For many families, quality treatment for autism is hard to come by. If you don’t have access to a therapist trained in applied behavior analysis (ABA) in your area, or you’d like to add to your child’s current therapy plan, may help. The website, which launched last year, offers families and educators access to expert-based, customized treatment tools online. Register your child and receive an individualized ABA curriculum that includes hundreds of step-by-step video lessons that you can watch and then do with your child. The site also offers progress tracking and online support from experts. “This is what you would get if you went to top-notch ABA therapists. We have a team of clinically trained, committed educators on-hand to work closely with every parent,” says Jamie Pagliaro, executive vice president of the site. “Our goal is to make this treatment available to everyone.” $89/month for a month-by-month subscription; $79/month for a 6-month subscription; $69/month for a 12-month subscription.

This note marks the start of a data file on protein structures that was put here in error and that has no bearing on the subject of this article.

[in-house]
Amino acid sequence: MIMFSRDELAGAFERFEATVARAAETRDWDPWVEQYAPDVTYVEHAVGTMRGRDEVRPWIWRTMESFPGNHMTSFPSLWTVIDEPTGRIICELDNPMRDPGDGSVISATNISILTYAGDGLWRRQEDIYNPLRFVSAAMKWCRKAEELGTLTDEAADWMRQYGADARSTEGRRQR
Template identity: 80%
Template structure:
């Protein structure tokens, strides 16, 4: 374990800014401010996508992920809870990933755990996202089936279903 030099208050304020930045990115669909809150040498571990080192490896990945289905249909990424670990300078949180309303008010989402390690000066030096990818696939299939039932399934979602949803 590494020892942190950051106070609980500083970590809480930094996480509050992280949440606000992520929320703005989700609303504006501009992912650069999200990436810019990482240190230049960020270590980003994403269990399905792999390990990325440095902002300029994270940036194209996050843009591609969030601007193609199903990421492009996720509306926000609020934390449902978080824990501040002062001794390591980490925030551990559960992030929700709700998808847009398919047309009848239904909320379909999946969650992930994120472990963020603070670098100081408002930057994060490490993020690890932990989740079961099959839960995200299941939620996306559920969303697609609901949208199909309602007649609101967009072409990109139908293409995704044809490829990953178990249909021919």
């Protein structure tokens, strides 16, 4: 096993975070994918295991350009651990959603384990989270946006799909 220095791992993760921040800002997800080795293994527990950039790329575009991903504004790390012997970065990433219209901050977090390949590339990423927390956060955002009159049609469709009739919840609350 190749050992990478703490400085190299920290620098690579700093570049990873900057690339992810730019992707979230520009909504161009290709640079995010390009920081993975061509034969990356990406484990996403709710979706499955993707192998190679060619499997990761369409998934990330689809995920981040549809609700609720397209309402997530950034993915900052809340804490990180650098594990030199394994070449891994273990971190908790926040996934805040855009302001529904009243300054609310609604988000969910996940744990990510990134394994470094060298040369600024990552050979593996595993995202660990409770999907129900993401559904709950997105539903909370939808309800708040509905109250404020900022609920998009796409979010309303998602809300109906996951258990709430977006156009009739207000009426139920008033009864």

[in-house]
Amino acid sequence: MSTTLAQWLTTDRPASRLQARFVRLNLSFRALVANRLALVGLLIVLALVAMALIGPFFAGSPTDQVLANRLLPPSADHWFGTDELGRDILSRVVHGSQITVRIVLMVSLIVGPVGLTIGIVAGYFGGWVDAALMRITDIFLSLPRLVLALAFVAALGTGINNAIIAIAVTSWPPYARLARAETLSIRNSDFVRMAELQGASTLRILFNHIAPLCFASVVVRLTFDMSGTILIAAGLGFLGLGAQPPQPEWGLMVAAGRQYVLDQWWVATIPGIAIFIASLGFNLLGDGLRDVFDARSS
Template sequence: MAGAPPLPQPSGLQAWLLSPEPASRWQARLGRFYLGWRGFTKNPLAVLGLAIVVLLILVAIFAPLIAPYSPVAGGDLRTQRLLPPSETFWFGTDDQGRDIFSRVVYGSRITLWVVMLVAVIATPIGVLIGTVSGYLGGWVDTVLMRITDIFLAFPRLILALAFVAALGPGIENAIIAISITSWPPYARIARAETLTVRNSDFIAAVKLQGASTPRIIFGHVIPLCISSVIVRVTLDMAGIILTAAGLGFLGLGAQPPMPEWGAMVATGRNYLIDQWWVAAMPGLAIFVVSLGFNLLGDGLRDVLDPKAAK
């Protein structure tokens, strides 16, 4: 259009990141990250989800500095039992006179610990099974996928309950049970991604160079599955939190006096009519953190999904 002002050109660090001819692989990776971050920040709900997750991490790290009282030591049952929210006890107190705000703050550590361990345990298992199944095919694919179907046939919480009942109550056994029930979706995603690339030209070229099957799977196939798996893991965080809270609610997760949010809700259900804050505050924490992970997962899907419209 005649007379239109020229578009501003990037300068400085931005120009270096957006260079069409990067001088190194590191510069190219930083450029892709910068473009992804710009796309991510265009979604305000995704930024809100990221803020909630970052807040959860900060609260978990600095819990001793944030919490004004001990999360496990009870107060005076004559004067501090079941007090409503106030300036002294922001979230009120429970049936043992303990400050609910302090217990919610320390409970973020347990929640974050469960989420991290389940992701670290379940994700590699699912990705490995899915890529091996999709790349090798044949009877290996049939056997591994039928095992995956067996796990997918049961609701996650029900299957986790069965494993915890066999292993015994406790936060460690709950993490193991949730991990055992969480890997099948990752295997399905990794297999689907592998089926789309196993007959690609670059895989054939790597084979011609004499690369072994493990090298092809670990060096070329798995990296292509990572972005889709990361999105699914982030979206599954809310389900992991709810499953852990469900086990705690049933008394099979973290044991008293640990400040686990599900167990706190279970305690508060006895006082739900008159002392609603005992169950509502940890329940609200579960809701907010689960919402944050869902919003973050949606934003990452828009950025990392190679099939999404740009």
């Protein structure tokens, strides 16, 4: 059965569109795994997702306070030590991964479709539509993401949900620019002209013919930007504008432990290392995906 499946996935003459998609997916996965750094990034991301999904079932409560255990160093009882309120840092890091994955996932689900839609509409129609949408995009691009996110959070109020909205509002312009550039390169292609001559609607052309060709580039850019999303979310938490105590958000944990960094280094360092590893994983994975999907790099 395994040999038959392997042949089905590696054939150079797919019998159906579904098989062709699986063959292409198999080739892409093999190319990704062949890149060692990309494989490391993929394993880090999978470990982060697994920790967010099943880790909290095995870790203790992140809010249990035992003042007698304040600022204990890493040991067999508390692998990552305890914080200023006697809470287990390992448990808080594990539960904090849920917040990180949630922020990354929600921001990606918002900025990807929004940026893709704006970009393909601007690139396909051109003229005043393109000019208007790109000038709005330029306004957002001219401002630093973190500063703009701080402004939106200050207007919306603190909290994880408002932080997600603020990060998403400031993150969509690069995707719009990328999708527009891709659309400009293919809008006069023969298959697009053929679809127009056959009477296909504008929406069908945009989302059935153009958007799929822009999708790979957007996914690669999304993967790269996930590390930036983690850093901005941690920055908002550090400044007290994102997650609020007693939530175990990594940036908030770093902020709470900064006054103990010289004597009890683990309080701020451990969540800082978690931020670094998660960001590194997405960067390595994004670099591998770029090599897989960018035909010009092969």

Game Time
Looking for a fun, educational activity for your child with autism? Check out EASe Funhouse Treasure Hunt!, a video game by Vision Audio in the EASe series (Electronic Auditory Stimulation effect). Designed for children on the autism spectrum who have difficulty with sensory processing, the game is played on a PC and involves driving a toy tractor in search of treasure items in various rooms. The point is to help children work on organization and attention without overstimulating them. The game also features specially encoded music that is calming to children with noise sensitivities. Ideally, the sensory events in the game’s virtual world will help children cope with similar events in the real world., $39.

Click This
100-day kit: A free resource offering support and guidance to parents whose child has just received an autism diagnosis.